Edith Dumont, an educator and community advocate, has been appointed the new lieutenant-governor for Ontario, the Prime Minister’s Office announced Thursday.
Dumont will be the first Franco-Ontarian lieutenant-governor in the province’s history when she assumes the role, the PMO said.
“Ms. Dumont is an educator and an accomplished community advocate. She has dedicated her career to supporting Francophone communities in Ontario, Canada, and around the world,” Prime Minister Justin Trudeau wrote in a statement announcing the appointment.
“I know she will continue to serve her fellow Ontarians with distinction as Ontario’s new Lieutenant Governor.”
Dumont has worked as a special education teacher, a school principal, and an executive. She was also the first woman to lead the Conseil des écoles publiques de l’Est de l’Ontario, a school board in eastern Ontario.
She most recently served as vice-president of partnerships, communities and international relations at the Université de l’Ontario français in Toronto.
Trudeau’s office said the prime minister thanked outgoing Ontario Lt.-Gov. Elizabeth Dowdeswell for her service, which he said has had a lasting impact.
Dowdeswell, who has been Ontario’s lieutenant-governor since 2014, congratulated Dumont on her appointment.
“Felicitations and all best wishes to Ms. Edith Dumont on the news of her selection as Ontario’s 30th Lieutenant Governor,” Dowdeswell tweeted on Thursday.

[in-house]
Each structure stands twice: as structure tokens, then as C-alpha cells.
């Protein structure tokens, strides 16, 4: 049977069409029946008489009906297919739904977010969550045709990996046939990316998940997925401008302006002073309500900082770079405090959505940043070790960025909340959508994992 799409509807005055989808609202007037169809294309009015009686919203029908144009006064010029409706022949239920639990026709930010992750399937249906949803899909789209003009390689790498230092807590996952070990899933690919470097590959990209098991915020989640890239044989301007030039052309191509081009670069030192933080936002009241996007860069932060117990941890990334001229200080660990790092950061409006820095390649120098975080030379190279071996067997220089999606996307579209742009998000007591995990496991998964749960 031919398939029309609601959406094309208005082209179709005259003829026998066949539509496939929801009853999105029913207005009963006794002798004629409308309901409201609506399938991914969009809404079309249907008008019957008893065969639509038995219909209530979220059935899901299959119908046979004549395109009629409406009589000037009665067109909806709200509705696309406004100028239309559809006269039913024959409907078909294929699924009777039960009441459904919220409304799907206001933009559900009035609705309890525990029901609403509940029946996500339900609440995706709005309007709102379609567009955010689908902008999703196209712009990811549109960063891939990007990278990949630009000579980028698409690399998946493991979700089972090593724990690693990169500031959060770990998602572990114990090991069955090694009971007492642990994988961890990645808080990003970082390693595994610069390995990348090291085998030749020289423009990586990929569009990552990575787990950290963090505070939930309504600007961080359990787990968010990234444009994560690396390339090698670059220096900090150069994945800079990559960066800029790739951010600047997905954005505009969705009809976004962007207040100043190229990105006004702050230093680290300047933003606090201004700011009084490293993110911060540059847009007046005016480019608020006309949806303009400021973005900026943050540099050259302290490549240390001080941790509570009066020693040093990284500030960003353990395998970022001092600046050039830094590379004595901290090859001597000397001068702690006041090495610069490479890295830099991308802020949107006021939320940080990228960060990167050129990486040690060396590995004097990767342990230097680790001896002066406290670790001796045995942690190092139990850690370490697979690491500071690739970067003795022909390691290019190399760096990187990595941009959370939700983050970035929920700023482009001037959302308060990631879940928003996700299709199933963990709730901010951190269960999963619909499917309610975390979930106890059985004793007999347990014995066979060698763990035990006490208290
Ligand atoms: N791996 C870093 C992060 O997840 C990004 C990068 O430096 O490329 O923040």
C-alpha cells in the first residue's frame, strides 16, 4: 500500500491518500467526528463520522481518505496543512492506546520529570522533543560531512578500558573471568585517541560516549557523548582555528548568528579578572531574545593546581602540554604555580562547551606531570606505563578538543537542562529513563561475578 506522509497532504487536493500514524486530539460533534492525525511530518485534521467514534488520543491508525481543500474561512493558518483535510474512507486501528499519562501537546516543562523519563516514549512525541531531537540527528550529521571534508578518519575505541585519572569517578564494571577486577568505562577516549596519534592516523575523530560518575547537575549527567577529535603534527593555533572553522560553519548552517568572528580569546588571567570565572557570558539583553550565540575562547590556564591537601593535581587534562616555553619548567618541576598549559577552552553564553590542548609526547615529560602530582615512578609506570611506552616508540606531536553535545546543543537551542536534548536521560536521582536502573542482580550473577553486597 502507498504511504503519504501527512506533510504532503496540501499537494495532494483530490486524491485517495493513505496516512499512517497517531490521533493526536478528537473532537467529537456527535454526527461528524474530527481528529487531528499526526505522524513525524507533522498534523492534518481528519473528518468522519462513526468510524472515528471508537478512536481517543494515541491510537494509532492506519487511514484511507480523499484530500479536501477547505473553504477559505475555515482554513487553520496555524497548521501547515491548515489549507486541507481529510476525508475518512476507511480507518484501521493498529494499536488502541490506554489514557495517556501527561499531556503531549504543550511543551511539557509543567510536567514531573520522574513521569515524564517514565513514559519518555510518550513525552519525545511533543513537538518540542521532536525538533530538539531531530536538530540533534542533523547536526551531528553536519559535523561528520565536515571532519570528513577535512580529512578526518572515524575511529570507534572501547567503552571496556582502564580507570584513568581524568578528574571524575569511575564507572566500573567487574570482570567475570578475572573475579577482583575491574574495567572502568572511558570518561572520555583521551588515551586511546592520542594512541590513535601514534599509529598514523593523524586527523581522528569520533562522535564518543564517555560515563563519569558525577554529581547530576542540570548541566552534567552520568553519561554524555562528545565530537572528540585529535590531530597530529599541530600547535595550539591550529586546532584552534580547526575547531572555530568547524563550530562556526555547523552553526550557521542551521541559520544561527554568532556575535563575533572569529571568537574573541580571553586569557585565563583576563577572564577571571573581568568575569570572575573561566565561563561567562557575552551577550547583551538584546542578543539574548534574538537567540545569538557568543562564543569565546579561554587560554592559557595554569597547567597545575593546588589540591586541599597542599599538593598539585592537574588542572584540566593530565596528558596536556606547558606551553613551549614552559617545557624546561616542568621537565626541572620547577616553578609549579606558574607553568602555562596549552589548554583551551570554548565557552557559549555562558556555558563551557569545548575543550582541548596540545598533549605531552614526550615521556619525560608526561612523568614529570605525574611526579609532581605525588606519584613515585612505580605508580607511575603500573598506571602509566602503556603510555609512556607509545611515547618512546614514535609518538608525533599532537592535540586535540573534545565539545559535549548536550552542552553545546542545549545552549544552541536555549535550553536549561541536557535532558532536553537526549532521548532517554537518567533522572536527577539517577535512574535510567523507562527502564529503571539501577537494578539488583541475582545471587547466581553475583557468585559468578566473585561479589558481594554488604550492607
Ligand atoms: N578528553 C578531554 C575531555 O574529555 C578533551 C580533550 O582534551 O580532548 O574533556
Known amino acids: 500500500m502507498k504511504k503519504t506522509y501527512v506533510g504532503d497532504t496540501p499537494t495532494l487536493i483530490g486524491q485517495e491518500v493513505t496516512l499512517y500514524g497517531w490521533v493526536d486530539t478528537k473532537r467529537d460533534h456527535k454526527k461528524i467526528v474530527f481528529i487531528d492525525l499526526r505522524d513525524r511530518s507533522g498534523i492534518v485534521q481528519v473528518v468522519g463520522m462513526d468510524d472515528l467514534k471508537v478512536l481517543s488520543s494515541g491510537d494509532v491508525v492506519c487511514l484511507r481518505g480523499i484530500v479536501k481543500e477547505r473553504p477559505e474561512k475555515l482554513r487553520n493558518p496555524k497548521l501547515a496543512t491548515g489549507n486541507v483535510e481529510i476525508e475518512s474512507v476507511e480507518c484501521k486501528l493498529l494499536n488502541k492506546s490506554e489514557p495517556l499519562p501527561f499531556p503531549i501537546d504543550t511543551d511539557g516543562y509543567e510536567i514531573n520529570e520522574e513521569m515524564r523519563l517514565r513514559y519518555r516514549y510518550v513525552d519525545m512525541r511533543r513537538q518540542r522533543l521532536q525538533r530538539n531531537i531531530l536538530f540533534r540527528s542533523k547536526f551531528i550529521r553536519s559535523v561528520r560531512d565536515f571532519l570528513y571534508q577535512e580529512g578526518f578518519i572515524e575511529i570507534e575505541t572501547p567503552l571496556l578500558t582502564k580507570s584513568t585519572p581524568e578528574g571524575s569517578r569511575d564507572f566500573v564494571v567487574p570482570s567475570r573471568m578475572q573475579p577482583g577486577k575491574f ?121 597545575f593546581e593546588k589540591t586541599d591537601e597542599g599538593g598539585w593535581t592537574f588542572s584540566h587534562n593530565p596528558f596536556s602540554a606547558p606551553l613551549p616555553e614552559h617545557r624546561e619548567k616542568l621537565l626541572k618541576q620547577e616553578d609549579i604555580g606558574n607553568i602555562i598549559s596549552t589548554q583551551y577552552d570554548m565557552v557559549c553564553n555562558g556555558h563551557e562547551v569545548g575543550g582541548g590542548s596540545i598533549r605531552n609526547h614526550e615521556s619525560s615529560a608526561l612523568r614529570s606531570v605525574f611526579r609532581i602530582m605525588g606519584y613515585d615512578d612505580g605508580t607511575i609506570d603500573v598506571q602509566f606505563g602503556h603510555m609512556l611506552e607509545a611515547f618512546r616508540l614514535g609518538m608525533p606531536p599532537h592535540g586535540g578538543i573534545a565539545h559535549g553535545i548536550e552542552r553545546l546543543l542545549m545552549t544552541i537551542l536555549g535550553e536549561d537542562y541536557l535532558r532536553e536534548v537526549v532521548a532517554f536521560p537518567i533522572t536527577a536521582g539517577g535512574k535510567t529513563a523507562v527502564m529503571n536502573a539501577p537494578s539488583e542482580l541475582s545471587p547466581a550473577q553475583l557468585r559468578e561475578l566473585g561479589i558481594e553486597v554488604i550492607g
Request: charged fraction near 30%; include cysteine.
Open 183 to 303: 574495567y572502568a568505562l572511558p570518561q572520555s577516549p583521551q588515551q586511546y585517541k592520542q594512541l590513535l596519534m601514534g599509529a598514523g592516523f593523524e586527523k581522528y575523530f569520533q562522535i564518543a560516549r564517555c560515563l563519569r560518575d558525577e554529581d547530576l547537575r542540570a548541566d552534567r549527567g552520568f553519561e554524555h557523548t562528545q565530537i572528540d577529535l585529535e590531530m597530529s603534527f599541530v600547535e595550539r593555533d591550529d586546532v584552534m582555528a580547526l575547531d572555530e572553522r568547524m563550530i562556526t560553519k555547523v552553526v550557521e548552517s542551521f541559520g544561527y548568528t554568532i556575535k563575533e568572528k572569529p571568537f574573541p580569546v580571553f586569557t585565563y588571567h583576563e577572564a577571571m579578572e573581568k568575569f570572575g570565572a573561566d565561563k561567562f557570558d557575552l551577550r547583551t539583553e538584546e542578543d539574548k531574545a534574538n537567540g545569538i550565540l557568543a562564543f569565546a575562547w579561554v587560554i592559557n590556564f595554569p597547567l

“It is such a privilege to play a role in our democracy and most of all to represent the amazing citizens of this province.”
Ontario Premier Doug Ford also wished Dumont well.
“I look forward to working with her to build a brighter future for all Ontarians,” he wrote in a statement.
“I also want to express my gratitude to outgoing Lieutenant Governor, the Honourable Elizabeth Dowdeswell, for her years of dedicated service to the people of Ontario.”
Dowdeswell will continue in the role until Dumont is formally sworn in. A date for Dumont’s formal installation in the role has not yet been announced.
Lieutenant-governors are the personal representatives of the King and fulfil the functions of the Crown in their provinces, including granting royal assent to provincial laws.
The lieutenant-governor serves a non-fixed term of at least five years in accordance with the Constitution Act of 1867.
Source : Global News